Thursday, July 29, 2004


So talk.

It’s another Thursday, so here I am writing again. I’ve designated Thursday as my “column day” though I might show up on other days to pitch in a minor article.
It’s often said that good communication and humour are signs of great intelligence. Now I’m not here to criticize people with weak vocabulary, rather make people aware that it’s not how big your words are, but how well you use them. Communication skills are the most essential ingredient in the recipe of life. I have absolutely no doubt in that statement. One of the top 10 candidates of The Apprentice, Troy McClain, made it all the way to the top with only a puny high school diploma. He didn’t even consider going into college, and yet his performance in The Apprentice has now placed him in an executive position in some firm. It’s all about how you make an impression, and making an impression is mostly based on how you present yourself and part of presenting yourself is through the way you talk.
This is true everywhere, it’s not exclusive to the business world. It’s good communication skills that make a person good with conversations, and being a good conversationalist is a plus factor on the attractiveness scale. I’ve come to judge that “wussup”, “sup”, or the even more respected “what’s up?” should no longer qualify as greetings. If I meet a person for the first time in my life and he greets me with a “what’s up” or equivalent, I have no choice but to overestimate the person’s communication skill to be less than or equal to 1, on a scale from 1 to 10. If the person remains silent, I’d give him a 5. There needs to be more variety when it comes to the choice of word/phrase. What’s more important is that you know what you are saying before you say it. If you don’t fully understand what a certain word/phrase means, avoid the embarrassment by not using it.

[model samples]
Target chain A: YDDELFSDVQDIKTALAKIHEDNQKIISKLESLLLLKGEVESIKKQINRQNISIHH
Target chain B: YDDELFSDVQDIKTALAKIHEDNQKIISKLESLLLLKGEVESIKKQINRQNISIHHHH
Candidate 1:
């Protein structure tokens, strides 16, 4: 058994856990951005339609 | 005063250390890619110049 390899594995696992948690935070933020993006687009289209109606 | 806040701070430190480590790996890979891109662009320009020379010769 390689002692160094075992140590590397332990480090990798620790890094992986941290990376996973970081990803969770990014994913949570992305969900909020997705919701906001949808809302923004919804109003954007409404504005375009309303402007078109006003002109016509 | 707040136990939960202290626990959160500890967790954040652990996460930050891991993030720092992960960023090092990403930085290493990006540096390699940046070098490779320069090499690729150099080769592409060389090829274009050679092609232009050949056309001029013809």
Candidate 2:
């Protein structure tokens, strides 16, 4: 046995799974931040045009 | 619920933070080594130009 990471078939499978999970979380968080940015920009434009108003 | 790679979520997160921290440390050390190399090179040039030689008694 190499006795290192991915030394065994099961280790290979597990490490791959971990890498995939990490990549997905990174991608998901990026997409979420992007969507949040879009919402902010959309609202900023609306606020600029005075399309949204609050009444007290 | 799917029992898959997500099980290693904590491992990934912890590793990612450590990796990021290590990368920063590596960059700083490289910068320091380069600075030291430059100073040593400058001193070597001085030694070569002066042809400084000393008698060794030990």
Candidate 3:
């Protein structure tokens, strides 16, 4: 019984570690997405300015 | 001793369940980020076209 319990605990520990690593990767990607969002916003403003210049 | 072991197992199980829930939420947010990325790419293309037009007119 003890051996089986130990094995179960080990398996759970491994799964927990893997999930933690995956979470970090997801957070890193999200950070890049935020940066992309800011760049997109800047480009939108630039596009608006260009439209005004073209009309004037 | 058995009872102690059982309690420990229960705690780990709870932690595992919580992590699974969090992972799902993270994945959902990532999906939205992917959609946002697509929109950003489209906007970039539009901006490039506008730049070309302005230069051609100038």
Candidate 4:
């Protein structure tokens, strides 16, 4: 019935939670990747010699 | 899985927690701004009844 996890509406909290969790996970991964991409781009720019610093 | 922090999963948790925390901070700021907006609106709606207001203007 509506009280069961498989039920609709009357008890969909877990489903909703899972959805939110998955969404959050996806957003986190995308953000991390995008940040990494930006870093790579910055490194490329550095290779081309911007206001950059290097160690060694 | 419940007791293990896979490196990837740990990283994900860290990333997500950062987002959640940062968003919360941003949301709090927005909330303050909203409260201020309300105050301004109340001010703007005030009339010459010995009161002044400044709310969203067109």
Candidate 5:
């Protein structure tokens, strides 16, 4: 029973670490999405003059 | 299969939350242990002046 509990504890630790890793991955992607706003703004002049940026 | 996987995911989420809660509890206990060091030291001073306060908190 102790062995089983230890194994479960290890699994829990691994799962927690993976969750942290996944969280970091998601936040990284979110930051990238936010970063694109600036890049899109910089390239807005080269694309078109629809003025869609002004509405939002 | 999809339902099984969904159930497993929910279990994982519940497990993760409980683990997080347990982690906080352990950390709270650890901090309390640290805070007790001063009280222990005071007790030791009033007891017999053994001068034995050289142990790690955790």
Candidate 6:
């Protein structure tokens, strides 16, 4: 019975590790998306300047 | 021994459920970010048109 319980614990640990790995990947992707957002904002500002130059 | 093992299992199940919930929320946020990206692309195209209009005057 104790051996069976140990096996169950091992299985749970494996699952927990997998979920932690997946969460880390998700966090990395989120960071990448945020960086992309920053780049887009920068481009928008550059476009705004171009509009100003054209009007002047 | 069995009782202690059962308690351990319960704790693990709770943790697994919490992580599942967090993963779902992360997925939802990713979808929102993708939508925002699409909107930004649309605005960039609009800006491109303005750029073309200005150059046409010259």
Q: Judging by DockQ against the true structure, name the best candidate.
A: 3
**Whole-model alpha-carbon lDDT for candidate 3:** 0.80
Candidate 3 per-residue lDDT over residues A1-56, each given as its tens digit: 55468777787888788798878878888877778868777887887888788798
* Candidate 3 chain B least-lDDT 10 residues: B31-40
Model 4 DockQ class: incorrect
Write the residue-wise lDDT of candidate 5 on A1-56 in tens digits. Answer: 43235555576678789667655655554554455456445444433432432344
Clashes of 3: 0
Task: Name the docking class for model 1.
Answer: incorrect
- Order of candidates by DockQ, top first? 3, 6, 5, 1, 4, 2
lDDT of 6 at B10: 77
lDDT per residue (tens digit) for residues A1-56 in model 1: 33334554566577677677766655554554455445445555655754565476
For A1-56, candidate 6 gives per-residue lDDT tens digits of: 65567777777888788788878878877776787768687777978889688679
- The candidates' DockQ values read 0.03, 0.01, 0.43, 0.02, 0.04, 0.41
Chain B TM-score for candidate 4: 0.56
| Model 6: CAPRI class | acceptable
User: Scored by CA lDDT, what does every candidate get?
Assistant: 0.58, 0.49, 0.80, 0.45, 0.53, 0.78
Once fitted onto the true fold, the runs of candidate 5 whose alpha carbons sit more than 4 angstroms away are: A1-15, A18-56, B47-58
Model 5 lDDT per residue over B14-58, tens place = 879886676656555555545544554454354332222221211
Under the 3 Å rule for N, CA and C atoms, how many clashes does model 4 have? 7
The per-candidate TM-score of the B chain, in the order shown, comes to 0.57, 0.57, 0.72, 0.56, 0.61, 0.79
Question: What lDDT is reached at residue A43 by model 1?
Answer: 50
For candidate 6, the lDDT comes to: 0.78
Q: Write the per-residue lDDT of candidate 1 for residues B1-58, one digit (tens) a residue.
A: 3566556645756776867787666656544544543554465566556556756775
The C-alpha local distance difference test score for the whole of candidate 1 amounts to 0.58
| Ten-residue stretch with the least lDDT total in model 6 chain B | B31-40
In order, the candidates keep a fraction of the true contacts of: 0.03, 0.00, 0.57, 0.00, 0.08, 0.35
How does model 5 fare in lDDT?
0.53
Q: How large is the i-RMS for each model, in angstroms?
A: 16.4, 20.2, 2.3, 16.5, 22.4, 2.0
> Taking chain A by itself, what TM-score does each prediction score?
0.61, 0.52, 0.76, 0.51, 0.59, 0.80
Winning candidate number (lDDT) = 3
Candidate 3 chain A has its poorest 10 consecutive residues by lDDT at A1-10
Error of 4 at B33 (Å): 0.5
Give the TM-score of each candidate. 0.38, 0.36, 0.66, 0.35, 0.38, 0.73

Here, Orwell’s 6 pointers should give you something to start with:

1. Never use a metaphor, simile, or other figure of speech which you are used to seeing in print.
2. Never us [sic] a long word where a short one will do.
3. If it is possible to cut a word out, always cut it out.
4. Never use the passive where you can use the active.
5. Never use a foreign phrase, a scientific word, or a jargon word if you can think of an everyday English equivalent.
6. Break any of these rules sooner than say anything outright barbarous.

Until next time, fill me up with criticisms.

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